This Website was created by William E. Rogers of the English Department at Furman University, Greenville, South Carolina.  Diana Ervin, an English major at Furman, assisted with the creation of the exercises. The Website is intended to supplement  three courses currently taught at Furman: English 11 (Composition), English 38 (History of the English Language) and English 39 (English Grammar).  The creation of the materials in this Website was made possible by a grant from the Andrew W. Mellon Foundation to Furman University and Wofford College (Furman/Wofford Mellon Program).

Copyright © 2000 William E. Rogers. This site was last updated on August 22, 2000.

e-mail: bill.rogers@furman.edu

In talking about writing, or in analyzing written texts, it is useful to have a vocabulary  to describe syntax, or the grammatical structure of utterances.  Different philosophies of language and different approaches to the description of natural languages produce different grammars.  The approach taken here might be described as structural grammar--as opposed, for example, to "traditional" grammar or "transformational" grammar.


Structural grammar, as its name suggests, assumes that linguistic entities are "constructions"--that is, larger entities made up by combining smaller entities in certain ways.  The smallest unit of a natural language, according to the structural grammarian, is the phoneme.  A phoneme is a class of sounds--not  the actual vocal sounds speakers make, which might vary widely, but the class of sounds that will be interpreted as elements of   meaningful utterances.


Phonemes are combined to make morphemes.  Morphemes are the minimal meaningful units of a language.  A single word might be a morpheme: dog.  The morpheme {dog} is made up of three phonemes: the classes of  vocal sounds represented in English spelling by the letters d, o, and g, respectively.  The word doggy, on the other hand, is made up of two morphemes: {dog}, plus the suffix { -y}--the extra g is a spelling convention--which means, roughly, "turn the noun into an adjective."   In the word dogs, also, there are two morphemes: {dog}, plus the "plural morpheme" {-s}.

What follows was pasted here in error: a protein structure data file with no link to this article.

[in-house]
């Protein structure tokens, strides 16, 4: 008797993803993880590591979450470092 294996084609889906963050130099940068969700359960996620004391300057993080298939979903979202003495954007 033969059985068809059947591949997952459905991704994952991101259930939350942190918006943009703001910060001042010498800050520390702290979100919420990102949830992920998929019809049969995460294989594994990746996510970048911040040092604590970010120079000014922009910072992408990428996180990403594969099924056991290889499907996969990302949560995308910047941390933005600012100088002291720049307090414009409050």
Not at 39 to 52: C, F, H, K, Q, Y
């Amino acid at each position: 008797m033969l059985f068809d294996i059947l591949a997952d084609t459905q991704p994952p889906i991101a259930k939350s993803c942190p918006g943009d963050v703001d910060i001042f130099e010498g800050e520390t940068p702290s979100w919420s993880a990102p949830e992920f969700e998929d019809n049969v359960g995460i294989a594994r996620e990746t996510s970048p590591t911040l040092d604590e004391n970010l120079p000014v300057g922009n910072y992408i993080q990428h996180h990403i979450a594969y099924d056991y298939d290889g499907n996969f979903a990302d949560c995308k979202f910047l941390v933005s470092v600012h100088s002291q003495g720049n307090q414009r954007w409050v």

Morphemes are combined to make words, and words are combined to make constructions.  Rules govern the ways constructions may be formed in any particular natural language.  Not just any string of words counts as a construction: for example, an have with greenly would not count as a "well-formed" construction in English.  Speakers of a language "know" the rules that govern the combining of words into constructions, in the sense that they "intuitively" use these rules.  A grammarian is someone who "knows" the rules in the sense of being able actually to articulate them.


The sentence is a construction of a particular kind--normally, we think of a sentence as a well-formed construction containing one or more "predications"--that is a construction that has at least one "subject" and one "predicate."  Although it might be possible to articulate rules governing the combination of sentences into narratives, or orations, or whatever, the study of grammar, strictly speaking,  normally stops at the level of the sentence. 

A structural syntax, then, attempts to describe the ways words can be put together in well-formed constructions up to the level of the sentence.  No system of grammar is exhaustively rigorous, in the sense of providing a completely satisfactory account of all sentences that educated speakers would consider well-formed.  The simplified account given here neglects a number of difficult problems and important issues.  The point here is to establish a reasonably clear vocabulary  that will enable discussion of certain problems in writing and in interpretation.

This Website provides a brief explanation of how structural grammar analyzes syntax, and a series of exercises to practice structural analysis of English sentences.

Click here to go to the explanation of structural analysis of syntax.

Click here to go to a discussion of some problems that arise in structural diagramming.

Click here to go straight to the exercises.